Marketing

8 Abandoned Cart Emails that Work like Magic (and Don’t)

By
Isha Mandloi


I don’t need to get into the statistics: I’m sure all you online retailers are already groaning at the mention of abandoned carts. The store seems perfect, you are running targeted FB ads, the products are incredible- and yet, they are lost to the winding passages of the web.


Almosts always hurt- whether it is relationships or sales.


But if you do need convincing, e-commerce stores, on an average have a 75% cart abandonment rate - and you have the sole power to get them back to you. Atl east 50% of these will give you a second chance!



But I am sure these statistics are nothing surprising: Ecommerce has toughened all of us. But what is surprising is that if a retailer sends a recovery email to the customer within 3 hours of cart abandonment, there is a 40% open rate. These sales are not lost. All the customers need is a little reminder, and a beckoning.


While we will cover cart abandonment in extensive detail very soon, with tips on the types of payment options you should have and the psychological boosts you can provide during the checkout process, but first, how exactly should your emails look like- and what are the right elements for an email that is supposed to reel customers back in?


We voyaged over the internet to look for the most amazing emails that have proven to work, so that you can follow in their footsteps and get those precious sales back in! Not all is lost!


1. Bonobos


Bonos, the e-commerce fashion subsidiary of Walmart, has a tasteful reputation as a brand that is supremely customer-oriented. Appealing to the youth primarily, Bonobos has a refined style coupled with a fun tone. This reflects in their email marketing campaigns:



THE YAYS:

1. The image easily catches attention: the bright yellow of the chicken costume and the absurdity of a chicken in what seems to be an office environment catches us off guard and forces us to keep reading.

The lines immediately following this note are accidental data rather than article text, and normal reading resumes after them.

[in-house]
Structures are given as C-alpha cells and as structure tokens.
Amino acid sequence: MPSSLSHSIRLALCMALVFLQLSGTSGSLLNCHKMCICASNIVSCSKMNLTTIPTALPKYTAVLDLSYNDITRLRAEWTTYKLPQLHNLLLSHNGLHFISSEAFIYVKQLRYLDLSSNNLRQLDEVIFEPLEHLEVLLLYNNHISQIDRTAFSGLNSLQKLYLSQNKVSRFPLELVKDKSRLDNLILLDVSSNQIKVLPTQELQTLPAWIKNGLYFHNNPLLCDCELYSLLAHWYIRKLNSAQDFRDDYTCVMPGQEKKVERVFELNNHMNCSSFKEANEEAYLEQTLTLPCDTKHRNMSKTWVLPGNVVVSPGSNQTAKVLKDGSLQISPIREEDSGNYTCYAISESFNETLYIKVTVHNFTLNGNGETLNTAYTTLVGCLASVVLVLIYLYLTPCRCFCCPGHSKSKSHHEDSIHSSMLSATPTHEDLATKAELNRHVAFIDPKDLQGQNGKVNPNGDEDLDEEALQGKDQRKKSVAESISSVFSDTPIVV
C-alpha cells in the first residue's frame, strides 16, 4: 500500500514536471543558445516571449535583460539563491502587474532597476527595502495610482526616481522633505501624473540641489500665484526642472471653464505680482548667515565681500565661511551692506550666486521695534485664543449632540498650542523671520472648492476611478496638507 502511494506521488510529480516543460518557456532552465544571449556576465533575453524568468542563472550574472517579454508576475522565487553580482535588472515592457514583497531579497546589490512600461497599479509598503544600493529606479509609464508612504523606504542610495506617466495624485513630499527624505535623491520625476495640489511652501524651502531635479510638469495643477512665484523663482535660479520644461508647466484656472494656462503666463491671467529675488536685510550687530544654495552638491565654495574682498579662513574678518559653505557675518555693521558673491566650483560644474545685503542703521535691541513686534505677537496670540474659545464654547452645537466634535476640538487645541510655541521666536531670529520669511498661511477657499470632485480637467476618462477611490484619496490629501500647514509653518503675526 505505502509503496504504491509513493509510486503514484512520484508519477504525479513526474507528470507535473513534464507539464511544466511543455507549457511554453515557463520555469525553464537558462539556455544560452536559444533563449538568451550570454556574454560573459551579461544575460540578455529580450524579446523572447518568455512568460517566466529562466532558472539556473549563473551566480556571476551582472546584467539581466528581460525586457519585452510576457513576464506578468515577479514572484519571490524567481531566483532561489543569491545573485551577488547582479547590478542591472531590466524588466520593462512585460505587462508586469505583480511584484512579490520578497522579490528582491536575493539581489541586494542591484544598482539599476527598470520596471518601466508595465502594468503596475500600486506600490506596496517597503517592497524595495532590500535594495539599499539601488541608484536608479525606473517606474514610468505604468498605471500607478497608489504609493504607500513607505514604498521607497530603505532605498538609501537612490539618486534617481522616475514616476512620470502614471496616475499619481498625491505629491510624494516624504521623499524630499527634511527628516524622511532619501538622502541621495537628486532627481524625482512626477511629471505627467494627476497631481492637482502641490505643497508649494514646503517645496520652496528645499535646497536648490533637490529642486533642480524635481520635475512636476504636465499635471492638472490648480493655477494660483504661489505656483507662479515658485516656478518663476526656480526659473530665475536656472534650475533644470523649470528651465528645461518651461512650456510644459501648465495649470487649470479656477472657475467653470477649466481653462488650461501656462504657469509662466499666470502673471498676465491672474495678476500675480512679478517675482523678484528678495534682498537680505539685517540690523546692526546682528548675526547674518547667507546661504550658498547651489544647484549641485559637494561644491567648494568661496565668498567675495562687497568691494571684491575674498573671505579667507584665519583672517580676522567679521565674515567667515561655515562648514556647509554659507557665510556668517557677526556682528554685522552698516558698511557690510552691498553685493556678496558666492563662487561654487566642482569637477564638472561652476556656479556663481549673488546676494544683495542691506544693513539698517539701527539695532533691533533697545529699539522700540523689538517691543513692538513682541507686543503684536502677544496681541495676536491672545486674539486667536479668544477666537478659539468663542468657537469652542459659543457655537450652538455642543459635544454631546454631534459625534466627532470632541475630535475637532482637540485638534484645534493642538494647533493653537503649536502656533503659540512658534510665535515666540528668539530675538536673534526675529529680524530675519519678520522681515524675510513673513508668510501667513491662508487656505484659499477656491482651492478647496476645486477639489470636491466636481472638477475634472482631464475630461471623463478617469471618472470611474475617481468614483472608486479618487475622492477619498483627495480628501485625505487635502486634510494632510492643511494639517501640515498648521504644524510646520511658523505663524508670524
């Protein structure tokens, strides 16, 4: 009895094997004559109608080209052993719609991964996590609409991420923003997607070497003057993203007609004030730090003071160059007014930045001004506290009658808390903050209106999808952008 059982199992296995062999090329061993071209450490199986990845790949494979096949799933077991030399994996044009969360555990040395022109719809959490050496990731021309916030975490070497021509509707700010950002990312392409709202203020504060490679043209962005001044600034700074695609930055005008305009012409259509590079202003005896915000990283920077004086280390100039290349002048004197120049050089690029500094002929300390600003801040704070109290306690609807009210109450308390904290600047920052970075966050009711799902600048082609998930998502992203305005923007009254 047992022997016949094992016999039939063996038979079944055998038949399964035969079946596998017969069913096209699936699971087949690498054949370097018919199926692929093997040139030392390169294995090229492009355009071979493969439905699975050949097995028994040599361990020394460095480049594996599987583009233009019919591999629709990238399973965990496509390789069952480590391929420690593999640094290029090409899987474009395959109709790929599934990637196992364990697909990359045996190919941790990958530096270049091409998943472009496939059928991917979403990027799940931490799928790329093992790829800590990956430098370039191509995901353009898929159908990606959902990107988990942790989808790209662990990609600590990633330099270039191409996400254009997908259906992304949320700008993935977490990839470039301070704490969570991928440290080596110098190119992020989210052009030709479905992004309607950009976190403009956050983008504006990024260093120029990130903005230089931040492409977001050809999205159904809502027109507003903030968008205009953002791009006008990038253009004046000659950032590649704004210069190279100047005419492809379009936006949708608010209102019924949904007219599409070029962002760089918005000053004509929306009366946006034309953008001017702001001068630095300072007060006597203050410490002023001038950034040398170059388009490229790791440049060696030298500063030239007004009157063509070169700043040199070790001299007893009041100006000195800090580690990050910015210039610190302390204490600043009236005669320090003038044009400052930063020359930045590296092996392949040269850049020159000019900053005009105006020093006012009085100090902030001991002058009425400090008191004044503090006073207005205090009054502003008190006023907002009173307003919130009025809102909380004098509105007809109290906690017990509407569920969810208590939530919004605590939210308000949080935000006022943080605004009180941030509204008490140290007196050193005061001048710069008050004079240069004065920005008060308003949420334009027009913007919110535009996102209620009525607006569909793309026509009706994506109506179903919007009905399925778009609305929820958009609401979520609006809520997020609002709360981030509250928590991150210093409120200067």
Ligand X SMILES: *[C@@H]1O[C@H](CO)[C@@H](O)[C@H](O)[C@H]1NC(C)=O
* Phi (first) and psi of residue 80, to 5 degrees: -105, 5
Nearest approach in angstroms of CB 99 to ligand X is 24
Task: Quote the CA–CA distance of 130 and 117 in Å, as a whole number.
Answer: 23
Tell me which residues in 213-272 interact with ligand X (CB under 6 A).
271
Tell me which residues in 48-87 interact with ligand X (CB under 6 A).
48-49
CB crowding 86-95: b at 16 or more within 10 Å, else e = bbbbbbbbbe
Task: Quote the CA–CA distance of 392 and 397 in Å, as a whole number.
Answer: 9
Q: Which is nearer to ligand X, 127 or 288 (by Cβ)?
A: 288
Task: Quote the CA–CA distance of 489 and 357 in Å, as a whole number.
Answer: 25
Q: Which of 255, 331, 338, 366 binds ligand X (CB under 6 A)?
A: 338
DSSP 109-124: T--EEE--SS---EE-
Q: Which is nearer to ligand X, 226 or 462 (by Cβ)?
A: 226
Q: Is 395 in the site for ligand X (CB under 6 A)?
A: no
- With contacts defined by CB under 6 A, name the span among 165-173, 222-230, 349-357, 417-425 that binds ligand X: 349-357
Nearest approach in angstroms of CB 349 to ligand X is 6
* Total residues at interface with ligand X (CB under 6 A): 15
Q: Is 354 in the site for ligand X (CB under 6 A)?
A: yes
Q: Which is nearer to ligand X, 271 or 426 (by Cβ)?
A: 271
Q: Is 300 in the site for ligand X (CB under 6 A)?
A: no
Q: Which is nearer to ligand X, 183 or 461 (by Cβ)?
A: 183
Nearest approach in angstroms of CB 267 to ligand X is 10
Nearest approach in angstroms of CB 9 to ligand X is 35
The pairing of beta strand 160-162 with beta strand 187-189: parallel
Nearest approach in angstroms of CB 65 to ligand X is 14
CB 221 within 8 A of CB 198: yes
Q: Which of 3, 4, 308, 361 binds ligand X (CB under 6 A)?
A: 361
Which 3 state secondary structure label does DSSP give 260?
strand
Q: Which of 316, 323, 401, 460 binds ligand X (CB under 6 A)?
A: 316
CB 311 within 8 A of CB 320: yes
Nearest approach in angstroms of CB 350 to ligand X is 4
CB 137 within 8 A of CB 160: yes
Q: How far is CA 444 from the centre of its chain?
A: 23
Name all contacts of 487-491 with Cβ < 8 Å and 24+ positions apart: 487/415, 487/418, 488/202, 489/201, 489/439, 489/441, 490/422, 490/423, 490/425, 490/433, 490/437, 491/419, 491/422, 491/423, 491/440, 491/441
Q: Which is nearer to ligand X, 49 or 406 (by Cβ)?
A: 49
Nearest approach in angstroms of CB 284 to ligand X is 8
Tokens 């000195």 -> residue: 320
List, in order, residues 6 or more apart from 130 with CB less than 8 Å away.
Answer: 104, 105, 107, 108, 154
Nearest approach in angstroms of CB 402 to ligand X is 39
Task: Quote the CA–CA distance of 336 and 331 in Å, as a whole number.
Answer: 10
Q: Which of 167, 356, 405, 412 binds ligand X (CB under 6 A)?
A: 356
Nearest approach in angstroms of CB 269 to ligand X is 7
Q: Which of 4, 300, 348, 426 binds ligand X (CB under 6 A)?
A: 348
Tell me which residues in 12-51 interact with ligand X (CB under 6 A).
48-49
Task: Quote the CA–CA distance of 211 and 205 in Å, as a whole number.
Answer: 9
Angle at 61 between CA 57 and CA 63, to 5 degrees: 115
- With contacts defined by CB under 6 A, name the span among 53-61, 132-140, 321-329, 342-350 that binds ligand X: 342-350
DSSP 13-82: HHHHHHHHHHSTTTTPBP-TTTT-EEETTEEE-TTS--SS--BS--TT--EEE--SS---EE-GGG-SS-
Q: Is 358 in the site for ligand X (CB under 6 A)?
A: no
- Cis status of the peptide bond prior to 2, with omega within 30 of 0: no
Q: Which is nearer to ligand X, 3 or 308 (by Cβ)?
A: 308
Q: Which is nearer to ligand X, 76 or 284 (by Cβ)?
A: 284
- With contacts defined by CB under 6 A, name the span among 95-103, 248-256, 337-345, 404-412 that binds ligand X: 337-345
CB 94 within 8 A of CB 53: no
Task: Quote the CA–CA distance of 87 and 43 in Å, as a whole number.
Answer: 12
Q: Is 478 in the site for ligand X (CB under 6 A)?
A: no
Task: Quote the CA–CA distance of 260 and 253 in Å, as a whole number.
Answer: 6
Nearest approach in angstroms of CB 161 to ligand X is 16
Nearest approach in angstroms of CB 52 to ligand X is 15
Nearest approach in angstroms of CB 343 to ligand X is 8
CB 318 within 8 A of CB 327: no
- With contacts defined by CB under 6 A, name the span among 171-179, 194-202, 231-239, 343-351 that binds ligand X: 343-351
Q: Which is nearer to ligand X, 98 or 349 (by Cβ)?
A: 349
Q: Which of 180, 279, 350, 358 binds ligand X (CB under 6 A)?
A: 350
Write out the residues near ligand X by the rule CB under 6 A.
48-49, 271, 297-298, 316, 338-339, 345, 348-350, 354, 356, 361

2. The ‘Finish the Job’ CTA is amusing, far more appealing than the regular ‘Shop Now’.


3. Bonobos prides itself on their exceptional customer service: and when the customer has an option to speak to a person to aid with their purchase, it definitely shows that the company cares. Customer service Ninjas get a mention in this abandonment email, which undoubtedly helps customers complete their purchases.



THE NAYS:

1. The email could be personalized a bit by using the customer’s name to establish connection.


2. The email does not include the product that customer was in the process of checking out. This is a vital piece of information that you do not want to miss out on. It is possible that your customer might not recognise your store, but they will recognise the product.



2. 23andMe:


23andMe is a genomics and biotechnology company that sells kits that map out a person’s DNA and reveal genetic information to the user. Their entire brand is built around self-discovery and stories, and their email campaigns do not disappoint. Here is an abandoned checkout email from them:



THE YAYS:


1. It is fairly to the point, with one call-to-action, directing the customer to one single action. It is clean and quick to read.


2. They aim to recover the abandoned carts by showing the customer what they are losing on by not ordering a kit: knowledge about their own self, which is a great motivator.


3. The customer care link is prominent, which is quite essential with products such as DNA kits, as people may have doubts before using it that customer support can resolve.


THE NAYS:

1. While for a product such as a DNA kit, this email works great, for ecommerce stores, conversion rates would be much higher if a picture of a person, interacting with the product was included.


3. Dormify:


A brand that is built to help college students find decor and bedding items for their dorms, Dormify, chooses an informal tone with its customers. Their abandoned cart email uses language common with youngsters to build rapport.


THE YAYS:


1. The brand immediately labels itself as a friend of the customer- which is a great strategy, as the customer will feel a certain amount of guilt for not listening to their ‘friend’. The email emphasizes that the company is on your side.

2. The coupon code is a great addition- this gives an incentive to the customer to make the purchase promptly.

3. The shopping cart is right in the email, so that customers needn’t be redirected just to view their cart.


THE NAYS:


1. It is pretty on point; the only thing we would have added is the customer’s name to make the email personalized.


4. Dote:


Dote, the retail app that hosts brands such as Forever 21, Reebok and Ugg follows a very informal tone and their abandoned cart recovery campaign is similar to their website in design and voice, which is always a great strategy.



THE YAYS: